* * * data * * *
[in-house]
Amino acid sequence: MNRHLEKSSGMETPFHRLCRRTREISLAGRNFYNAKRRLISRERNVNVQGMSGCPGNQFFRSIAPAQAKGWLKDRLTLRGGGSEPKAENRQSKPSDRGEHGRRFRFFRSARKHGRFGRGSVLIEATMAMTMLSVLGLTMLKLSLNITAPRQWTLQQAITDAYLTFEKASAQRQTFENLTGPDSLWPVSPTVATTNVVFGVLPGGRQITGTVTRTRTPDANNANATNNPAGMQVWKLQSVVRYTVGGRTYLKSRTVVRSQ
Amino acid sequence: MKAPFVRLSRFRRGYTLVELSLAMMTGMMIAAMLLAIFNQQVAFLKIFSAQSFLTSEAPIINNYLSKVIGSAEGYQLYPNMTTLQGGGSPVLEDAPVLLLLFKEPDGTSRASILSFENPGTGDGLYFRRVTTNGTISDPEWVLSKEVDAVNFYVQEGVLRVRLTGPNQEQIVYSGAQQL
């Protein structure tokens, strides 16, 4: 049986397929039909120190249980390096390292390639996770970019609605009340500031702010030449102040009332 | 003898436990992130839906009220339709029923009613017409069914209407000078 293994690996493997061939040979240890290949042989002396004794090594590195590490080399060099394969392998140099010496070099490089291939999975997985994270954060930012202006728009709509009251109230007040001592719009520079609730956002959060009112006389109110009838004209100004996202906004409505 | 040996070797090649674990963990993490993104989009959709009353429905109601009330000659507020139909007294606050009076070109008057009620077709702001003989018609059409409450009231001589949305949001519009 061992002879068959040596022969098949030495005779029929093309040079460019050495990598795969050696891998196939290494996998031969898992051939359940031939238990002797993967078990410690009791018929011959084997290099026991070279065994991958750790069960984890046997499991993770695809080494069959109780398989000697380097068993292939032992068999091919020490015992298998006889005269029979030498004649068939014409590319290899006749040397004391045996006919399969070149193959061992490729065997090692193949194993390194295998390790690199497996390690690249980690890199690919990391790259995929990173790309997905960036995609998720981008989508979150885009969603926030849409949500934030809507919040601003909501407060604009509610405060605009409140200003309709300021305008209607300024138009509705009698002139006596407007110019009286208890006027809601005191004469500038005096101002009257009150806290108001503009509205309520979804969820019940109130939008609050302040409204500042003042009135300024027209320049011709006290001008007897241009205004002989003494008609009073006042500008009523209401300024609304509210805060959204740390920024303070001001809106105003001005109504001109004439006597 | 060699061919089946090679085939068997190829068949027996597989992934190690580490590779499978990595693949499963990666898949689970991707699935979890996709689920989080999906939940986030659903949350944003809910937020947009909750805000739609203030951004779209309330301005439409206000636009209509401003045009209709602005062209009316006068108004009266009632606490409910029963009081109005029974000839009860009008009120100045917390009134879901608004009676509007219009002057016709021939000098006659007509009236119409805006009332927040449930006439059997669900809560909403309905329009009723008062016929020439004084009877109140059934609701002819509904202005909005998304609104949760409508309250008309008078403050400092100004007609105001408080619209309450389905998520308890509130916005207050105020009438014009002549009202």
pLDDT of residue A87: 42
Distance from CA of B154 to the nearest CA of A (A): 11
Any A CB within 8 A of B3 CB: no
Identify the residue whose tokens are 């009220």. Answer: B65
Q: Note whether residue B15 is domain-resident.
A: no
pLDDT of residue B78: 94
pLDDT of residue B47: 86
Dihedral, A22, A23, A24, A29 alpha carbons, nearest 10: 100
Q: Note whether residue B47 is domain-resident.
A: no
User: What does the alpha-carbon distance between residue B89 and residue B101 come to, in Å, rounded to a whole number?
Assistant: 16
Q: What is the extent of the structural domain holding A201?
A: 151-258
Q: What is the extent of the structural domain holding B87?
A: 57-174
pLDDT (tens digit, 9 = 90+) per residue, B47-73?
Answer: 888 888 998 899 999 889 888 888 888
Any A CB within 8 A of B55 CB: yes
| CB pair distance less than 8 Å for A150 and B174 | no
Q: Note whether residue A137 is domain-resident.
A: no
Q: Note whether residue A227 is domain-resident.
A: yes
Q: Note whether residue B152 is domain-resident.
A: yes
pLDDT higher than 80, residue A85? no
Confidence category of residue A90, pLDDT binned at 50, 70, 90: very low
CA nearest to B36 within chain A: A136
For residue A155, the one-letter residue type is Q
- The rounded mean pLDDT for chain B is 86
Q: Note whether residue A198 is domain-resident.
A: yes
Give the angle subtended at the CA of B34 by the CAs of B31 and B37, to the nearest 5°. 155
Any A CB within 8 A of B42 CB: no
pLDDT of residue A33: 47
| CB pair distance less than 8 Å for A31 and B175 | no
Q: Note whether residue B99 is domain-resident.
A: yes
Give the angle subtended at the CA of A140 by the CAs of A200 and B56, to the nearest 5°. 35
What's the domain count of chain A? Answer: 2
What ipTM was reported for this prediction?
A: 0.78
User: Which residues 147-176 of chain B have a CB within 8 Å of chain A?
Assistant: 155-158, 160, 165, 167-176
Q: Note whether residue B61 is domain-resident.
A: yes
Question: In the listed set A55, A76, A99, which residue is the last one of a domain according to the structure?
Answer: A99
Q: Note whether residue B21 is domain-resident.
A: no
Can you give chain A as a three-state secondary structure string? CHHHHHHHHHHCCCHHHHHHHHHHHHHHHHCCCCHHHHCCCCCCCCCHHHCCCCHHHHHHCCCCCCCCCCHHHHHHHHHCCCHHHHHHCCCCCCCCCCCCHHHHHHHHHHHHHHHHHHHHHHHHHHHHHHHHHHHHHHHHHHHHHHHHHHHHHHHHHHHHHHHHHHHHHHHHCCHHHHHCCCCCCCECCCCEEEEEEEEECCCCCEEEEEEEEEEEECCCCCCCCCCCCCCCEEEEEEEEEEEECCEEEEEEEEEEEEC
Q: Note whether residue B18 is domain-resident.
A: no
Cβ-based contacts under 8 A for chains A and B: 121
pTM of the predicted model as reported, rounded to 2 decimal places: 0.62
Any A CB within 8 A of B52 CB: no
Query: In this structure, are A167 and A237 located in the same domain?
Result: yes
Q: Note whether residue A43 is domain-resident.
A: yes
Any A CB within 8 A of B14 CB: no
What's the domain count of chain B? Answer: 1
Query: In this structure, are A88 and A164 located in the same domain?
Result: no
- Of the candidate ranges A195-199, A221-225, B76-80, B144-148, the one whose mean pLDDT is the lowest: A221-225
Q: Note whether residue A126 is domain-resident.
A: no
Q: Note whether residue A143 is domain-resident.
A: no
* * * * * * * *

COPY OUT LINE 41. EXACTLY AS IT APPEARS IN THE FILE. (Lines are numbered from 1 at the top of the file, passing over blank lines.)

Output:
pLDDT of residue A33: 47